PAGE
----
GENEVA (Dec 6): Governments around the world are not doing enough to meet aviation infrastructure needs, the International Air Transport Assocation (IATA) said, calling for greater urgency to ensure infrastructure matches demand.
IATA director-general and chief executive officer Alexandre de Juniac said governments should work with the industry to plan and build the requisite infrastructure to ensure their economies reap the gains from a growing global air transport industry.
“There is no time to lose. Governments are not meeting their responsibility to provide sufficient infrastructure for the industry to meet demand,” he told a media briefing on IATA’s industry outlook update for 2018. yesterday.
“The infrastructure challenge also includes airports. Airport infrastructure is not being built fast enough to cope with growth,” he said, adding airports must be aligned with user needs for quality and technical specifications. "And affordability is key.”
The global airlines' grouping is expecting airlines to carry 4.3 billion passengers in 2018, 5% more than the 4.1 billion expected in 2017.
In terms of revenue per passenger kilometres, it expects airlines to see 6% growth year-on-year (y-o-y) in 2018. That is a faster expansion than the 5.7% y-o-y growth forecast for available seat kilometres next year, which it said will likely increase average load factors to a record 81.4% and boosting yields by 3%.
Infrastructure strains are also felt in the Malaysian aviation industry. In August, the Malaysian Aviation Commission (Mavcom) highlighted in its inaugural Waypoint report that seven airports in Malaysia are operating above their theoretical terminal design capacities in 2016.
Another five airports have exceeded 80% of their terminal design capacities that year, according to Waypoint.
“There is currently a mismatch between terminal design capacity and actual passenger traffic being handled by the airports in Malaysia. Significant capital expenditure in the short- to medium term is required to address capacity requirements,” Mavcom said in the bi-annual report on the local aviation industry’s outlook.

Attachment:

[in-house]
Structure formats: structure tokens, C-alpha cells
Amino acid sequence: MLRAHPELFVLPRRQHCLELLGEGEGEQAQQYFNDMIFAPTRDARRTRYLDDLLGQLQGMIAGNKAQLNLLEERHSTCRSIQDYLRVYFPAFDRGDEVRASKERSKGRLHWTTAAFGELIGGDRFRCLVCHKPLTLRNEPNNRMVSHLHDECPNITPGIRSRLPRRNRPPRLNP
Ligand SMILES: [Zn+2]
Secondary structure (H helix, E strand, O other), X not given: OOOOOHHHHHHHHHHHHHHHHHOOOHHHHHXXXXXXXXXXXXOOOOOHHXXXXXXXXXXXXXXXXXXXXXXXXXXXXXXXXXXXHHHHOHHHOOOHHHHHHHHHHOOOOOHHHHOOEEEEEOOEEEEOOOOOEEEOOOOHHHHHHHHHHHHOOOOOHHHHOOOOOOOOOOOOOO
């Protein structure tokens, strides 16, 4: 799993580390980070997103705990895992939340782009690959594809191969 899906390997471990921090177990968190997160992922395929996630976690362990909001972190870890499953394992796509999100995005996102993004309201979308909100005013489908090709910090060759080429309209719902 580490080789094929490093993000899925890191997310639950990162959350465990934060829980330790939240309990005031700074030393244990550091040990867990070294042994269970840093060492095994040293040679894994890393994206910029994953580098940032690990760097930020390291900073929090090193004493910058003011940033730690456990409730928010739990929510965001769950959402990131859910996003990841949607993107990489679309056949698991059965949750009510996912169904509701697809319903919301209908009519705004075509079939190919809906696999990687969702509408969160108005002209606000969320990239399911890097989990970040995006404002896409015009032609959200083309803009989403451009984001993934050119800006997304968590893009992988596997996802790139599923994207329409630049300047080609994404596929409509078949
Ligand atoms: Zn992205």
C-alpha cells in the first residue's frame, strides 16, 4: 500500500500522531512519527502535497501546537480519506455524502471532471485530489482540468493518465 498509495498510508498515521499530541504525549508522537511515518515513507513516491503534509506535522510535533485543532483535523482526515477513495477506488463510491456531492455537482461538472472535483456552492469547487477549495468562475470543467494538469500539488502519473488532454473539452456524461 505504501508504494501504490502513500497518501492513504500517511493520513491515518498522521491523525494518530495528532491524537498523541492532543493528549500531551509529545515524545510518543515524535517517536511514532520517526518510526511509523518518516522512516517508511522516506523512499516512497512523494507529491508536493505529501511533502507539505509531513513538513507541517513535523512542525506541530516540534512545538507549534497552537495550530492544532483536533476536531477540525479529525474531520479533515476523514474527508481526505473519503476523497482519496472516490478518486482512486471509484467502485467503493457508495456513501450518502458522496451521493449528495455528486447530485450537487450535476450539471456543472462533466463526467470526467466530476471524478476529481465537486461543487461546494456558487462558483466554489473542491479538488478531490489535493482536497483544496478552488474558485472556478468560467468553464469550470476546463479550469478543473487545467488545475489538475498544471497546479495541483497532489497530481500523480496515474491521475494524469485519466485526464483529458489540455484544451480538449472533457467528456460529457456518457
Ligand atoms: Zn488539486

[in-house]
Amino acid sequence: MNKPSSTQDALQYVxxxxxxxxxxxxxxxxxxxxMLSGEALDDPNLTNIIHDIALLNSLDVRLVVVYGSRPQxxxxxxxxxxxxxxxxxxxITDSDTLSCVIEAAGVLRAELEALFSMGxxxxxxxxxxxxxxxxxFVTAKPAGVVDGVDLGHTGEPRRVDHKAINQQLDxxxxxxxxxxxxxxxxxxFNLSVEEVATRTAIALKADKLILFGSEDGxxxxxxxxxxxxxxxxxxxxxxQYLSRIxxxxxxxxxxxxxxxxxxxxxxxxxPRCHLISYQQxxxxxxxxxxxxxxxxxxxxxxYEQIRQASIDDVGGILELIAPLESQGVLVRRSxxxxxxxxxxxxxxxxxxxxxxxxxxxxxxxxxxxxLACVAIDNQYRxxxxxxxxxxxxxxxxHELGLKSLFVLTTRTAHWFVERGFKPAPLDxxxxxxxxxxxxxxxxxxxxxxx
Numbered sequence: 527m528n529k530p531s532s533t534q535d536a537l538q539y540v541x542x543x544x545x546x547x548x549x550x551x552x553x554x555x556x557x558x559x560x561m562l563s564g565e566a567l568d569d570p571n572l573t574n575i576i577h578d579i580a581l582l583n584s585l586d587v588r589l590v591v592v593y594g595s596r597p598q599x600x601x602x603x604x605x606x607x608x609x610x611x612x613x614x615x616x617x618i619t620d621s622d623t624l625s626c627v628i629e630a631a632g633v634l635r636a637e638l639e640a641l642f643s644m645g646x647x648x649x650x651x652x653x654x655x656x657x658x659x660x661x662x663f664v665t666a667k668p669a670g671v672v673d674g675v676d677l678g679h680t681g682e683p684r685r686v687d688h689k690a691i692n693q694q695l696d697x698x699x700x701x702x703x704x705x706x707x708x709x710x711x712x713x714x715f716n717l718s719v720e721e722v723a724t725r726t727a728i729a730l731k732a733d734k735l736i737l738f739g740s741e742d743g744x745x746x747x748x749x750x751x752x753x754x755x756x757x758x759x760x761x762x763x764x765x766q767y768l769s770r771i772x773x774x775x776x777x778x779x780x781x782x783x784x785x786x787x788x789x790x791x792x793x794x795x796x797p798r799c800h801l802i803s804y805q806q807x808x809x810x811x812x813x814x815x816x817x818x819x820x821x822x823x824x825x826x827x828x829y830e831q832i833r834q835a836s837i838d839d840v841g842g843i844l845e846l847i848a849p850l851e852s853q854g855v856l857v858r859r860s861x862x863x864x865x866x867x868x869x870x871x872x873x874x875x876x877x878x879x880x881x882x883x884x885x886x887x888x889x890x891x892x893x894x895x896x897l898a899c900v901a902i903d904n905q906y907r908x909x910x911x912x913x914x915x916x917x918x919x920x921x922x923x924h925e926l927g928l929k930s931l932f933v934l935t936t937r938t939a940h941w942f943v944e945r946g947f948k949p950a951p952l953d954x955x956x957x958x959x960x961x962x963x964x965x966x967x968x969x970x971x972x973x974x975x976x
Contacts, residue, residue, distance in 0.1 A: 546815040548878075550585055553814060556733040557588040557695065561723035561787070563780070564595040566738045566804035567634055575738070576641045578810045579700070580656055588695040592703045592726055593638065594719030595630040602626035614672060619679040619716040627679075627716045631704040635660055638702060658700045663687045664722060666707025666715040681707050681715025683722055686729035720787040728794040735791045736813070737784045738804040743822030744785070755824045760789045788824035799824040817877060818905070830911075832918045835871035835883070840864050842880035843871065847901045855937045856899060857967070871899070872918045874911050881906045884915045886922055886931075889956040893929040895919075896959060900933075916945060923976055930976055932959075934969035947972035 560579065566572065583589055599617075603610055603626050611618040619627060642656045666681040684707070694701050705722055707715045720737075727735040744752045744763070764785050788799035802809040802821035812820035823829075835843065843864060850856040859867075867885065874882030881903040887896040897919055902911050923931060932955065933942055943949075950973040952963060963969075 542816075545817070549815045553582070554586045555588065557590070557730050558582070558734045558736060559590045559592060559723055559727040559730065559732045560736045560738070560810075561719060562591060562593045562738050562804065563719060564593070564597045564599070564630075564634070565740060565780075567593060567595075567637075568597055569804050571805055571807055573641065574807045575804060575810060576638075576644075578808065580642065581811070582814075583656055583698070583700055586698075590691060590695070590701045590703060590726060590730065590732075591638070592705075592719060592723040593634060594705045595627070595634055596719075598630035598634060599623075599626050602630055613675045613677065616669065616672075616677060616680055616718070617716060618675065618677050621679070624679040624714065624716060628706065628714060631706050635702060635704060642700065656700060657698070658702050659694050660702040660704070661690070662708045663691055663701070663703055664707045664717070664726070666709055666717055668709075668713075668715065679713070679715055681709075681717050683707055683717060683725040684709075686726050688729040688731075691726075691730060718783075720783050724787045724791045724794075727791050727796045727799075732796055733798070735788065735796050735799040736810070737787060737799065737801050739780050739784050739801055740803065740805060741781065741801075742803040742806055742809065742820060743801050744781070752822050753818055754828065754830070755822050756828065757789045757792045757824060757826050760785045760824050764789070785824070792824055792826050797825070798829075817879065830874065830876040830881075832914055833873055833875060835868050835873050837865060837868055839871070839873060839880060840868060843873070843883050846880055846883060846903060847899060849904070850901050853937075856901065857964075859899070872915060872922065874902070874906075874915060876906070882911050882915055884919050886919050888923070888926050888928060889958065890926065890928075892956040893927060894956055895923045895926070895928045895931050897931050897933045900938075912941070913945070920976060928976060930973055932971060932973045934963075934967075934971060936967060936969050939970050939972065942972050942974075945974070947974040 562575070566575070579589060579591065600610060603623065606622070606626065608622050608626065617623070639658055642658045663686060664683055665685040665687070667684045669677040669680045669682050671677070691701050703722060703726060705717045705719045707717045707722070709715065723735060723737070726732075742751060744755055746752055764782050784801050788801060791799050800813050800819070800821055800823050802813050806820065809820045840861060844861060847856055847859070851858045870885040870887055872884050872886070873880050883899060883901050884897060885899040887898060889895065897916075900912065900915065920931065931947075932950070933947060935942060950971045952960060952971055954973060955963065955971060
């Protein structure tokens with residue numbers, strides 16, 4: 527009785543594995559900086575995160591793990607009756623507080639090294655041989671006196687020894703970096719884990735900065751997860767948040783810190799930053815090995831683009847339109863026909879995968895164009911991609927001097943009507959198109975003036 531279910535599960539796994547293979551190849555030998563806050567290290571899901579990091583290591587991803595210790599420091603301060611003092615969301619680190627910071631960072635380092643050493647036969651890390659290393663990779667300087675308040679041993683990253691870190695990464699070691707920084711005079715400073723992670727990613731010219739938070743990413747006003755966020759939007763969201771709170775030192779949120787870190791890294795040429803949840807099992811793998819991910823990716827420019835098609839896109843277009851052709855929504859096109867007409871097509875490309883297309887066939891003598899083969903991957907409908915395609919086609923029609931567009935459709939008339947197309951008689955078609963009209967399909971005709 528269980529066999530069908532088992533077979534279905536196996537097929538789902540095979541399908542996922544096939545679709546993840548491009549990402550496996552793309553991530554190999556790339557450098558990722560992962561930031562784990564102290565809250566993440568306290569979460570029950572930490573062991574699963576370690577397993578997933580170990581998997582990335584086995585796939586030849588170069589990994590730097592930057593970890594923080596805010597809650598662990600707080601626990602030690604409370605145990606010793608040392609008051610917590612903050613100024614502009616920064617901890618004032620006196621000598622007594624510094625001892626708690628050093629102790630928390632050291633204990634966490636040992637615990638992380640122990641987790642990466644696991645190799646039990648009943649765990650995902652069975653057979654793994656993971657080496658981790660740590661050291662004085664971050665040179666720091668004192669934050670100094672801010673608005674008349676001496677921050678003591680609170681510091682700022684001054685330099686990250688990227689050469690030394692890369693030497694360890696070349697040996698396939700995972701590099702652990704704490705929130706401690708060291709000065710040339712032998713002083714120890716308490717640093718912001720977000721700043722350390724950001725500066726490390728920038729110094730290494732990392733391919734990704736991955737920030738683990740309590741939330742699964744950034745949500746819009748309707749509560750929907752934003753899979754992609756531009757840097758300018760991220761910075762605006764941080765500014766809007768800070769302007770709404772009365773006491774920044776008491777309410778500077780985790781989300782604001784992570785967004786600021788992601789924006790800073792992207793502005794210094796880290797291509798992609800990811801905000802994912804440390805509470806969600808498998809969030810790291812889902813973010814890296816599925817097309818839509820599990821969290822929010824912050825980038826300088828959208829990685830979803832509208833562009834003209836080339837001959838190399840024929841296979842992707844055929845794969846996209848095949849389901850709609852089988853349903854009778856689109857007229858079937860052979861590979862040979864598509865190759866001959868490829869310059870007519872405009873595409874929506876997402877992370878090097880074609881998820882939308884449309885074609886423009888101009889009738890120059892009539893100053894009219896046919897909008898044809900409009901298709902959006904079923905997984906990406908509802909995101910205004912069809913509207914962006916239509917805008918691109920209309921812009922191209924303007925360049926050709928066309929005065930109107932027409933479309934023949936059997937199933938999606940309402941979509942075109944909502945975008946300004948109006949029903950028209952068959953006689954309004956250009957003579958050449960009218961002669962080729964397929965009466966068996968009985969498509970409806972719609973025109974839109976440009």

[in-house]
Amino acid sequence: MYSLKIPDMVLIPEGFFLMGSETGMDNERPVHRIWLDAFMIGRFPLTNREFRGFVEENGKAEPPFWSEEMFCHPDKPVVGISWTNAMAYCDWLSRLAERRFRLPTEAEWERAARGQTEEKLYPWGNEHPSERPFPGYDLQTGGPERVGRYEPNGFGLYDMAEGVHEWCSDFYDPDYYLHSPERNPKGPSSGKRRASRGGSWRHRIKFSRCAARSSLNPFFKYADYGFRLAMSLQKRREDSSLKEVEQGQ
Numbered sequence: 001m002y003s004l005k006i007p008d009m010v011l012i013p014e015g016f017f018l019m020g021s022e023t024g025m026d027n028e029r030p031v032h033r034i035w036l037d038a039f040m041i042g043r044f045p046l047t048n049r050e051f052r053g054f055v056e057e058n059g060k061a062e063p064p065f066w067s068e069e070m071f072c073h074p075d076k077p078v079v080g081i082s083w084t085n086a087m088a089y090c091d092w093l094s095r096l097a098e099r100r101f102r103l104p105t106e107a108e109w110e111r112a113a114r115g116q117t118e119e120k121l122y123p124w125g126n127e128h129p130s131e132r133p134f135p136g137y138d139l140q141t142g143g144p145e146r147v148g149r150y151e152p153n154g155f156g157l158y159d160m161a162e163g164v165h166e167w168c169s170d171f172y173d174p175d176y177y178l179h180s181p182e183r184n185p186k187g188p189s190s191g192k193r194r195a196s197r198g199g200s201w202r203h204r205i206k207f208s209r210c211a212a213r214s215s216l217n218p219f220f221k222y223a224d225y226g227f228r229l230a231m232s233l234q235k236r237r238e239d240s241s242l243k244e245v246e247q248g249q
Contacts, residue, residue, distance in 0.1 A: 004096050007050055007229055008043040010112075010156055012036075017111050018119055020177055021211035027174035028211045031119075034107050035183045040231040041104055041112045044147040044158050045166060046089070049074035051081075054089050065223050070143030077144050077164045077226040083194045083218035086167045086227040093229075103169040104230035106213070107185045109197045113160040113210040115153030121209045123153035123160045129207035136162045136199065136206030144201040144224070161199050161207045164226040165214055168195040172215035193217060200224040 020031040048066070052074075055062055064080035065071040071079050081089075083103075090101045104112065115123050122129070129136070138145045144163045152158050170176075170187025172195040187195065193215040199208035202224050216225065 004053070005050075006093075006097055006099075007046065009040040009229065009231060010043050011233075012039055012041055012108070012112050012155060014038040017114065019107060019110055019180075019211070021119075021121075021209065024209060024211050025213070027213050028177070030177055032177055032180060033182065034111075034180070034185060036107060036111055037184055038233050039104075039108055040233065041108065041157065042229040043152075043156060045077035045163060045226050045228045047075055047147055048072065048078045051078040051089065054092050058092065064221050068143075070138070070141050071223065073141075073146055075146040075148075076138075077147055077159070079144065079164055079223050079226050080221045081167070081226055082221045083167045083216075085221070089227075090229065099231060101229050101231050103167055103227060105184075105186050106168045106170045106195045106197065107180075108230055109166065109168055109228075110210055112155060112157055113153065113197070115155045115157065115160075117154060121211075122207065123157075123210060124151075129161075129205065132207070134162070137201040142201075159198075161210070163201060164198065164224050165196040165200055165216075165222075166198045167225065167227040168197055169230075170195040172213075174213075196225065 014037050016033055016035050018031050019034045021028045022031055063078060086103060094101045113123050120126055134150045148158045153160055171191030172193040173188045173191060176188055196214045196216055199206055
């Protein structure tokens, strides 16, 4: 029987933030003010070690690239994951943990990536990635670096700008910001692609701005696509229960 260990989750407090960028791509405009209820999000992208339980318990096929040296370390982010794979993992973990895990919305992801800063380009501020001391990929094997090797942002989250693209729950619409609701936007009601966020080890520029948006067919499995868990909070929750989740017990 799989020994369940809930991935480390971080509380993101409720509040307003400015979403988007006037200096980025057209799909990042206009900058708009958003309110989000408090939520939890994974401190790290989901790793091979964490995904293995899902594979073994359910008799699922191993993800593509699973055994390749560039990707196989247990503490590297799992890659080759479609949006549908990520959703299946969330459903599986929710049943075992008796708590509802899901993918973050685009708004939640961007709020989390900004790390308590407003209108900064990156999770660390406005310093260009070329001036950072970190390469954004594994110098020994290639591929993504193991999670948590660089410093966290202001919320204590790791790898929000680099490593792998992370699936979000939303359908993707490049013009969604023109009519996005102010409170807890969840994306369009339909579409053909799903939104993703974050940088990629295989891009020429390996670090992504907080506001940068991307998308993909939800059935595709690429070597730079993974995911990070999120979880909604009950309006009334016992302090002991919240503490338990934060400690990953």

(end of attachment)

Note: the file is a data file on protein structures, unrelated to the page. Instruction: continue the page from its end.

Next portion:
For 2017, Mavcom expects the Malaysian air passenger traffic volume to grow by between 7.8% and 8.8% y-o-y, translating into a forecast volume of between 98.3 million and 99.2 million passengers.
In an August interview, Datuk Mohd Badlisham Ghazali, the managing director of Malaysia Airports Holdings Bhd — which operates 39 out of 40 existing Malaysian airports — had told The Edge weekly that Langkawi will see its capacity expanded to four million passengers per annum (mppa) by October 2018, from 1.5 mppa currently, at a cost of RM80 million.
The Sultan Ismail Petra airport in Kota Baru is also slated for upgrade works to begin sometime in 2018, Badlisham added.
In a Nov 17 report, Nomura Research forecast local Malaysian carriers (Malindo Air, Rayani Air, Malaysia Airlines, Firefly, MASwings, AirAsia and AirAsia X) to see their combined fleet growing 9% to hit 270 planes this year and to reach 290 planes in 2018.
“Growing at a five-year compounded average growth rate of 10%, we estimate that Asean airports handled as many as 654 million passengers in 2016, which is collectively bigger than the traffic of both China and India combined,” Nomura Research said.
For perspective, the US air travel traffic counted just over 800 million passengers in 2016, the research house added.
Malaysia represents the third biggest passenger traffic market in Asean, as well as the third most-connected in terms of international destinations, according to Mavcom. Passengers flying out of Malaysia via direct and indirect flights have access to 116 international destinations, behind Singapore’s 153 and Bangkok’s 151.
Nomura says the proliferation of air travel and aggressive expansion by low-cost carriers presents encouraging growth momentum outlook ahead, to boost passenger traffic.
“We estimate Asean’s air passenger traffic to hit 2.21 billion annually by 2036, potentially requiring US$73.2 billion in investments on new airport infrastructure,” the research house added.